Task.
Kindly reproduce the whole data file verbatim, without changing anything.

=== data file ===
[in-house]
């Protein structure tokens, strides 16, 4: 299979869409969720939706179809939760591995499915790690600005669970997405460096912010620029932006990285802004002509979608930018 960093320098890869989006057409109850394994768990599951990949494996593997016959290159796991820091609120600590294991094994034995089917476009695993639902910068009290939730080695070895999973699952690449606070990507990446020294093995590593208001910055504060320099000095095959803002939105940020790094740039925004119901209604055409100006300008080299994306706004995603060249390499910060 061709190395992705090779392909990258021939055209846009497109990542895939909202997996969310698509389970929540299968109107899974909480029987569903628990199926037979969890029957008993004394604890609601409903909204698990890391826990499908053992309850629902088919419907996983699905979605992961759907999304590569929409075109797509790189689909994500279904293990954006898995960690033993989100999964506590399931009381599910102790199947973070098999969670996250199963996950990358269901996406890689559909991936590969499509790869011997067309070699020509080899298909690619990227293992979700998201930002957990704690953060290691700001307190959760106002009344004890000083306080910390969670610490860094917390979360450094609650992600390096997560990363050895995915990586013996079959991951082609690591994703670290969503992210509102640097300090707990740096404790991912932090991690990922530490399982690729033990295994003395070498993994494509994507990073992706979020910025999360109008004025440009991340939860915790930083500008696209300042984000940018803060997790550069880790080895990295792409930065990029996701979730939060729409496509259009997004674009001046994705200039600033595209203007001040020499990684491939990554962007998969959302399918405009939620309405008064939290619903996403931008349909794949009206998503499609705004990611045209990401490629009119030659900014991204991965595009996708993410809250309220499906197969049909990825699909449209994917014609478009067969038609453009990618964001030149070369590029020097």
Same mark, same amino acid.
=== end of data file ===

[in-house]
């Protein structure tokens, strides 16, 4: 299979869409969720939706179809939760591995499915790690600005669970997405460096912010620029932006990285802004002509979608930018 960093320098890869989006057409109850394994768990599951990949494996593997016959290159796991820091609120600590294991094994034995089917476009695993639902910068009290939730080695070895999973699952690449606070990507990446020294093995590593208001910055504060320099000095095959803002939105940020790094740039925004119901209604055409100006300008080299994306706004995603060249390499910060 061709190395992705090779392909990258021939055209846009497109990542895939909202997996969310698509389970929540299968109107899974909480029987569903628990199926037979969890029957008993004394604890609601409903909204698990890391826990499908053992309850629902088919419907996983699905979605992961759907999304590569929409075109797509790189689909994500279904293990954006898995960690033993989100999964506590399931009381599910102790199947973070098999969670996250199963996950990358269901996406890689559909991936590969499509790869011997067309070699020509080899298909690619990227293992979700998201930002957990704690953060290691700001307190959760106002009344004890000083306080910390969670610490860094917390979360450094609650992600390096997560990363050895995915990586013996079959991951082609690591994703670290969503992210509102640097300090707990740096404790991912932090991690990922530490399982690729033990295994003395070498993994494509994507990073992706979020910025999360109008004025440009991340939860915790930083500008696209300042984000940018803060997790550069880790080895990295792409930065990029996701979730939060729409496509259009997004674009001046994705200039600033595209203007001040020499990684491939990554962007998969959302399918405009939620309405008064939290619903996403931008349909794949009206998503499609705004990611045209990401490629009119030659900014991204991965595009996708993410809250309220499906197969049909990825699909449209994917014609478009067969038609453009990618964001030149070369590029020097």
Same mark, same amino acid.